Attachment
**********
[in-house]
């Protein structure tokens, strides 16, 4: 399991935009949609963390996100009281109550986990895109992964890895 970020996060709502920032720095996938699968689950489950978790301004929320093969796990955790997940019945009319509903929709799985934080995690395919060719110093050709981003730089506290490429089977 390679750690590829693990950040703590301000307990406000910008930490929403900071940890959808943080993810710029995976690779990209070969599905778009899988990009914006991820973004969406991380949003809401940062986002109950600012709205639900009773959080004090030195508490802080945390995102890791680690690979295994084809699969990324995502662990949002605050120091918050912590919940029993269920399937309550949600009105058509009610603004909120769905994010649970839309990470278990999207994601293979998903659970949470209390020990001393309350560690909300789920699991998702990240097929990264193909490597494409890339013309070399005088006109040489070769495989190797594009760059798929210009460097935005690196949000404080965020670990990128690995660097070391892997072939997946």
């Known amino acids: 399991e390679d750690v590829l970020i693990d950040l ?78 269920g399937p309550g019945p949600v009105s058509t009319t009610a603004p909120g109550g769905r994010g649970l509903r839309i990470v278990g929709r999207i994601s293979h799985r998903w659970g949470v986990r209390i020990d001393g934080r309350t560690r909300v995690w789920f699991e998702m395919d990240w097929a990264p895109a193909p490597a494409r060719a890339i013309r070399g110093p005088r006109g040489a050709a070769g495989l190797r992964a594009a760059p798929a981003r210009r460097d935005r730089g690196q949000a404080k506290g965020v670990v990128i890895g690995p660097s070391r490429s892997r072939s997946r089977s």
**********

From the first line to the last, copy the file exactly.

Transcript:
[in-house]
């Protein structure tokens, strides 16, 4: 399991935009949609963390996100009281109550986990895109992964890895 970020996060709502920032720095996938699968689950489950978790301004929320093969796990955790997940019945009319509903929709799985934080995690395919060719110093050709981003730089506290490429089977 390679750690590829693990950040703590301000307990406000910008930490929403900071940890959808943080993810710029995976690779990209070969599905778009899988990009914006991820973004969406991380949003809401940062986002109950600012709205639900009773959080004090030195508490802080945390995102890791680690690979295994084809699969990324995502662990949002605050120091918050912590919940029993269920399937309550949600009105058509009610603004909120769905994010649970839309990470278990999207994601293979998903659970949470209390020990001393309350560690909300789920699991998702990240097929990264193909490597494409890339013309070399005088006109040489070769495989190797594009760059798929210009460097935005690196949000404080965020670990990128690995660097070391892997072939997946």
């Known amino acids: 399991e390679d750690v590829l970020i693990d950040l ?78 269920g399937p309550g019945p949600v009105s058509t009319t009610a603004p909120g109550g769905r994010g649970l509903r839309i990470v278990g929709r999207i994601s293979h799985r998903w659970g949470v986990r209390i020990d001393g934080r309350t560690r909300v995690w789920f699991e998702m395919d990240w097929a990264p895109a193909p490597a494409r060719a890339i013309r070399g110093p005088r006109g040489a050709a070769g495989l190797r992964a594009a760059p798929a981003r210009r460097d935005r730089g690196q949000a404080k506290g965020v670990v990128i890895g690995p660097s070391r490429s892997r072939s997946r089977s």